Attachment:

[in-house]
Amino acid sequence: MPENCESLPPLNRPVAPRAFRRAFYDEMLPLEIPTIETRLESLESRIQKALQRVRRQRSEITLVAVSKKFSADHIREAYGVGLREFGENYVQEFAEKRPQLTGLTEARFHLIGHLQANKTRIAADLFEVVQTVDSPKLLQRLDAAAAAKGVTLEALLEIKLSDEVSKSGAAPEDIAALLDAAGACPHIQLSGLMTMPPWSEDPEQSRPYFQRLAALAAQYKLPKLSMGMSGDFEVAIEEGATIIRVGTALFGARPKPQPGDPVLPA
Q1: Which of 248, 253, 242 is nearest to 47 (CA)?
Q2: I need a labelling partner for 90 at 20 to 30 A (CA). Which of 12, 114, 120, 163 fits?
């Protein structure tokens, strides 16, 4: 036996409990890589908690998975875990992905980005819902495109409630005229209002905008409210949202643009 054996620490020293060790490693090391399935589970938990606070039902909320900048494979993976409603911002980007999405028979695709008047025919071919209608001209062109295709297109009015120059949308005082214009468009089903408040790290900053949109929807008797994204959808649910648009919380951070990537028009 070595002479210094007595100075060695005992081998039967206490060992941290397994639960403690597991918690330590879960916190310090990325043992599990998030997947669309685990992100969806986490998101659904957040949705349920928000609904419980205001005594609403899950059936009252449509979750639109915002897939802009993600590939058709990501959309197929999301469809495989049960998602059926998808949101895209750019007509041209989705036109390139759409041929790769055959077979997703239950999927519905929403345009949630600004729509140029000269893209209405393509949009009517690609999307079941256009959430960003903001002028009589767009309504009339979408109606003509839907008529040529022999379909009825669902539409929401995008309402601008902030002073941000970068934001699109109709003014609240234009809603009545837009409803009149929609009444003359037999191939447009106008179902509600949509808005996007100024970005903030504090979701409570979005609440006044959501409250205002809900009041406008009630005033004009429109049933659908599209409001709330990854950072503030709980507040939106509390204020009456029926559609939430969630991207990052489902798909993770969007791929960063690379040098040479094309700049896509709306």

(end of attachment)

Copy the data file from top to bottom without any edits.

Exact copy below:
[in-house]
Amino acid sequence: MPENCESLPPLNRPVAPRAFRRAFYDEMLPLEIPTIETRLESLESRIQKALQRVRRQRSEITLVAVSKKFSADHIREAYGVGLREFGENYVQEFAEKRPQLTGLTEARFHLIGHLQANKTRIAADLFEVVQTVDSPKLLQRLDAAAAAKGVTLEALLEIKLSDEVSKSGAAPEDIAALLDAAGACPHIQLSGLMTMPPWSEDPEQSRPYFQRLAALAAQYKLPKLSMGMSGDFEVAIEEGATIIRVGTALFGARPKPQPGDPVLPA
Q1: Which of 248, 253, 242 is nearest to 47 (CA)?
Q2: I need a labelling partner for 90 at 20 to 30 A (CA). Which of 12, 114, 120, 163 fits?
């Protein structure tokens, strides 16, 4: 036996409990890589908690998975875990992905980005819902495109409630005229209002905008409210949202643009 054996620490020293060790490693090391399935589970938990606070039902909320900048494979993976409603911002980007999405028979695709008047025919071919209608001209062109295709297109009015120059949308005082214009468009089903408040790290900053949109929807008797994204959808649910648009919380951070990537028009 070595002479210094007595100075060695005992081998039967206490060992941290397994639960403690597991918690330590879960916190310090990325043992599990998030997947669309685990992100969806986490998101659904957040949705349920928000609904419980205001005594609403899950059936009252449509979750639109915002897939802009993600590939058709990501959309197929999301469809495989049960998602059926998808949101895209750019007509041209989705036109390139759409041929790769055959077979997703239950999927519905929403345009949630600004729509140029000269893209209405393509949009009517690609999307079941256009959430960003903001002028009589767009309504009339979408109606003509839907008529040529022999379909009825669902539409929401995008309402601008902030002073941000970068934001699109109709003014609240234009809603009545837009409803009149929609009444003359037999191939447009106008179902509600949509808005996007100024970005903030504090979701409570979005609440006044959501409250205002809900009041406008009630005033004009429109049933659908599209409001709330990854950072503030709980507040939106509390204020009456029926559609939430969630991207990052489902798909993770969007791929960063690379040098040479094309700049896509709306």